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May 2015

Egypt Holiday 2014: Dendara Temple

Temple of Hathor at Dendara We visited Dendara after Abydos as it’s on the way back to Luxor. The temple here is dedicated to Hathor and is much more recent than the two at Abydos – it’s Ptolemaic and Roman era, although built on the site of older temples. One of the well known reliefs on the temple is of Cleopatra VII (ie the famous one) and her son Caesarion. We actually saw more of the surroundings of the temple than the inside – going up on the roof, under the floor and around the outside. My photos from this visit are, as always, up on flickr – click here for the full set, or on any photo to go to its flickr page. Plan of Dendara Temple ComplexMade by wikipedia user Sinuhe20 Key: A. Roman Kiosk; B. Domitian and Trajan Gate; C. Roman Birth House; D. Coptic Church; E.… Read More »Egypt Holiday 2014: Dendara Temple

“Egyptian Fortifications in Canaan” Rupert Chapman (EEG Meeting Talk)

On Sunday Rupert Chapman came to the Essex Egyptology Group to talk to us about his work on Egyptian fortifications in Canaan. He started by telling us about the different sorts of Egyptian fortification that exist, which have been categorised into four types by an author called Morris. The first two types are never found in the Levant; these are fortresses that control entry points into Egypt proper (for instance at Tell Haboua) and fortress towns such as Kuban in Nubia. The third type are migdol forts – migdol is a Hebrew word that means “tower” and the distinctive feature of these structures is a gate flanked by two towers. An example of this in Egypt is the entrance to Ramesses III’s temple at Medinet Habu. Chapman also compared them to much more modern structures – the early 20th Century AD Tegart Forts built by the British in Palestine (although… Read More »“Egyptian Fortifications in Canaan” Rupert Chapman (EEG Meeting Talk)

Egypt Holiday 2014: Ramesses II Temple at Abydos

Inside the Temple As well as completing his father’s much larger & more famous temple at Abydos Ramesses II also built a temple of his own. It’s much smaller, and there is less of it still standing, but there was still enough for an interesting visit. In fact, we could’ve spent quite a lot longer there – I managed to only see half the inside of it! My photos are, as always, on flickr – click here for the full set or click on any image (except the plan of the temple which isn’t mine) to see it larger on flickr. Plan of the Ramesses II Temple at Abydos, from wikimedia The only plans I found with a license that meant I could use them were labelled in German but I think it’s clear enough what’s what (at least of the bits I’ll talk about) 🙂 We approached the temple… Read More »Egypt Holiday 2014: Ramesses II Temple at Abydos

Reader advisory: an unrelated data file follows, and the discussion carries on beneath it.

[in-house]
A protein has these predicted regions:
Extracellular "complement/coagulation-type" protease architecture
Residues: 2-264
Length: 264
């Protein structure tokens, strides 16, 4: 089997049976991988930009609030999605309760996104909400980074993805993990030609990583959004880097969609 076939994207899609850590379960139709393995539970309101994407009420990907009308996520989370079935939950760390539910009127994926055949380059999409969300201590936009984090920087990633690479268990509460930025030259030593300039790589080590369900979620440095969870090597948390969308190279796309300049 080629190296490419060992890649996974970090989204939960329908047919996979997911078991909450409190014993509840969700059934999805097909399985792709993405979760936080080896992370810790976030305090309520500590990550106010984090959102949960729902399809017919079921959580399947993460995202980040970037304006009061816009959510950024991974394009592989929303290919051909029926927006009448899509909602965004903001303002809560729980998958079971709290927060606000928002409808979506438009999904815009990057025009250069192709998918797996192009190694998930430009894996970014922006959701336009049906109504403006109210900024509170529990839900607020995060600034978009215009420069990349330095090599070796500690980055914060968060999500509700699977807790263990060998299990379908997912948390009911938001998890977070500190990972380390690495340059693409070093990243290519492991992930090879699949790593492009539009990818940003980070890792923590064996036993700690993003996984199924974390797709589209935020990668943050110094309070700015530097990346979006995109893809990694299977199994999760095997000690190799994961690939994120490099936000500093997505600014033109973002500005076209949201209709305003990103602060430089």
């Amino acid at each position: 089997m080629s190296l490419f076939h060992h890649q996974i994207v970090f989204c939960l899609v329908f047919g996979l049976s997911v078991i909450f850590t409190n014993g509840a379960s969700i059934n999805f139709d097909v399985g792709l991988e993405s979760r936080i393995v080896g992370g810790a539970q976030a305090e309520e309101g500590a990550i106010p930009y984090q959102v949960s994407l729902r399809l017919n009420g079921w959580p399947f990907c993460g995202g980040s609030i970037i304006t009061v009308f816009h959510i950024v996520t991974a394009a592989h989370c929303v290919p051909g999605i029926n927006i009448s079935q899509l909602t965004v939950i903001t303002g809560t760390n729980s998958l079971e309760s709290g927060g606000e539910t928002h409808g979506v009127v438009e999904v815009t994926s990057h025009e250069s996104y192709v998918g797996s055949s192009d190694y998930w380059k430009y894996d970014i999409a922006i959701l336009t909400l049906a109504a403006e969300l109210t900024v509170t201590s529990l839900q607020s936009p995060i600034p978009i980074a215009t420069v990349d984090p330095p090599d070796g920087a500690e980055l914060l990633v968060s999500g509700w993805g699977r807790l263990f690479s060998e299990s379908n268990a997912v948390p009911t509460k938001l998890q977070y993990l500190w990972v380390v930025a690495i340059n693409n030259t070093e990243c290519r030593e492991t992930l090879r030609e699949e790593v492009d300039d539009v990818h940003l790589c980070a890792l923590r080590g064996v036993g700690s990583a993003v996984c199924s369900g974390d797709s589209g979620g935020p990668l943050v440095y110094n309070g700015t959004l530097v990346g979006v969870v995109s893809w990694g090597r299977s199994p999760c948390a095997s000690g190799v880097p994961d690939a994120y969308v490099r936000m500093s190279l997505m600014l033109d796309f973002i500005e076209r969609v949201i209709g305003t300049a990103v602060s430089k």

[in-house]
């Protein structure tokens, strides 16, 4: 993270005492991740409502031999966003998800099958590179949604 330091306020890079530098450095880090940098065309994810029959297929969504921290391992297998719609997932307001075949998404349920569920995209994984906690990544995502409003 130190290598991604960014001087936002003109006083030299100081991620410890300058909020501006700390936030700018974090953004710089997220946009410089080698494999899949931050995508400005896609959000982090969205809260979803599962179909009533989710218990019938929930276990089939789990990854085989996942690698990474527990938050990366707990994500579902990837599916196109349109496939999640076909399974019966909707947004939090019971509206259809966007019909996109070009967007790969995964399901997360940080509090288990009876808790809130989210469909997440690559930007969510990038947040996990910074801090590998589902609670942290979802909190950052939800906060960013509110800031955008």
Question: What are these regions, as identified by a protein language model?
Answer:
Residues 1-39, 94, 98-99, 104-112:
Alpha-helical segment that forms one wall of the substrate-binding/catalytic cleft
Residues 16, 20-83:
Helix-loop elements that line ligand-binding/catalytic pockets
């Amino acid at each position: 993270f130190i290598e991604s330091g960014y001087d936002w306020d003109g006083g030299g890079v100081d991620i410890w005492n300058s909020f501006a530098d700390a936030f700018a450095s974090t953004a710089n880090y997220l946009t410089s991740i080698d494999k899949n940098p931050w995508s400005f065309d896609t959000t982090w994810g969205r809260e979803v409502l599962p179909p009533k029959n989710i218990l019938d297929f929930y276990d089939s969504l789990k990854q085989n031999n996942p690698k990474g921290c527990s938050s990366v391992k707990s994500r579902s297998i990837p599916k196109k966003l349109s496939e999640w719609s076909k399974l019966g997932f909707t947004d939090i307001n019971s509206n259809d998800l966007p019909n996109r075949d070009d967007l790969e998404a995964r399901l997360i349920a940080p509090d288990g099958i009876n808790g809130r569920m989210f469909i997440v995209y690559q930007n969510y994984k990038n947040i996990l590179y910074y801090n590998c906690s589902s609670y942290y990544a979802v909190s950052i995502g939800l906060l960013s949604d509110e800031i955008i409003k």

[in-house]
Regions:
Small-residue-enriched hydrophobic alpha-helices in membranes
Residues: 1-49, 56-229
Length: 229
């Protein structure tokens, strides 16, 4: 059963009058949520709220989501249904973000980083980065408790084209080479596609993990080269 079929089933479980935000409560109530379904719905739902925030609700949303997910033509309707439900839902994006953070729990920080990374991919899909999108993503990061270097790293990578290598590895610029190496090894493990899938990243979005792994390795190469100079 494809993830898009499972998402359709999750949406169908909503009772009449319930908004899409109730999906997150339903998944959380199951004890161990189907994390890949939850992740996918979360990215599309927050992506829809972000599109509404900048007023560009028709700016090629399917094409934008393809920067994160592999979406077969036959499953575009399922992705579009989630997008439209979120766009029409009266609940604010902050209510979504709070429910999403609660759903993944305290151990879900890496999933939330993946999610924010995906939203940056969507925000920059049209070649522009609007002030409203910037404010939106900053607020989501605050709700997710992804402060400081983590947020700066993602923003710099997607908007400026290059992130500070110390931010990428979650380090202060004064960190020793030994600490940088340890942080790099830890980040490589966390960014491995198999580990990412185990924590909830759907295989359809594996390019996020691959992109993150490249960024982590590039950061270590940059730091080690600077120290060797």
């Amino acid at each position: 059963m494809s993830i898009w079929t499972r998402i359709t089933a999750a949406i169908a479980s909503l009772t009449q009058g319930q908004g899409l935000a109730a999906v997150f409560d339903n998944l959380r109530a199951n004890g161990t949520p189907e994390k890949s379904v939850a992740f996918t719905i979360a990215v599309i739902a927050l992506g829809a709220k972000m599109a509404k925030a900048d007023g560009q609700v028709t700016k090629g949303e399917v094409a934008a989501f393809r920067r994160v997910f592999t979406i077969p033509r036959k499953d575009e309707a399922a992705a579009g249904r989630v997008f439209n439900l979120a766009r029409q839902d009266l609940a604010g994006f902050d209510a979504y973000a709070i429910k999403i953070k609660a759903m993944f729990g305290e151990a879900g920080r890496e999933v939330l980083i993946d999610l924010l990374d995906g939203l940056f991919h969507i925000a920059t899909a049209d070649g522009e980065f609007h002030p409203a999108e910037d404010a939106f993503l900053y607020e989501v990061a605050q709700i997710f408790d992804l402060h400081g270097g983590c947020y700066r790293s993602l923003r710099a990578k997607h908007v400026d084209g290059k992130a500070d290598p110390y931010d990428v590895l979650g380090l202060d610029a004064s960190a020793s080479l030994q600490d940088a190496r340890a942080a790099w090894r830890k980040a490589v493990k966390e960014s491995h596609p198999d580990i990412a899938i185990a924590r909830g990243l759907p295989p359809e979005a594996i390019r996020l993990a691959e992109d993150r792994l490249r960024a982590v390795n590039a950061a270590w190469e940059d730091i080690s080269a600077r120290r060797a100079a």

Egypt Holiday 2014: Seti I Temple at Abydos

Temple Entrance Abydos was an important site for the Ancient Egyptians right from the beginnings of their culture. The first Pharaohs (including Narmer) were buried there, it was the capital of one of the nomes (adminstrative regions) and there were several temples built on the site over the course of the millennia. At first it was sacred to the god Khentiamentiu and during the First Intermediate Period this god began to merge with the god Osiris whose cult was rising in significance. As time went on the association of the site with Osiris grew stronger and eventually the 1st Dynasty cemetery was regarded as the site of the burial place of Osiris (with the tomb of Djer being the focal point of this belief). The best known structure in modern times is the temple begun by Seti I and finished by his son Ramesses II, known by the Egyptians as… Read More »Egypt Holiday 2014: Seti I Temple at Abydos

Cleopatra: A Timewatch Guide

Cleopatra: A Timewatch Guide was on BBC4 back in February as part of a short run of programmes cobbled together from old Timewatch footage interspersed with some narration by a current presenter (and modern footage of talking heads) tying it all together. The presenter in this case was Vanessa Collinridge, who I’d not seen present anything before (which is a shame for her, as I’m judging her based on this …). The other two that we watched were The Mary Rose: A Timewatch Guide (presented by Dan Snow) and Roman Britain: A Timewatch Guide (presented by Alice Roberts). Sadly, as you might’ve guessed from the preceding paragraph, I wasn’t much impressed with this programme on Cleopatra. The idea, I think, was to look back through the Timewatch archives and tell a story about how our ideas about Cleopatra have changed over the last five or six decades. The other two… Read More »Cleopatra: A Timewatch Guide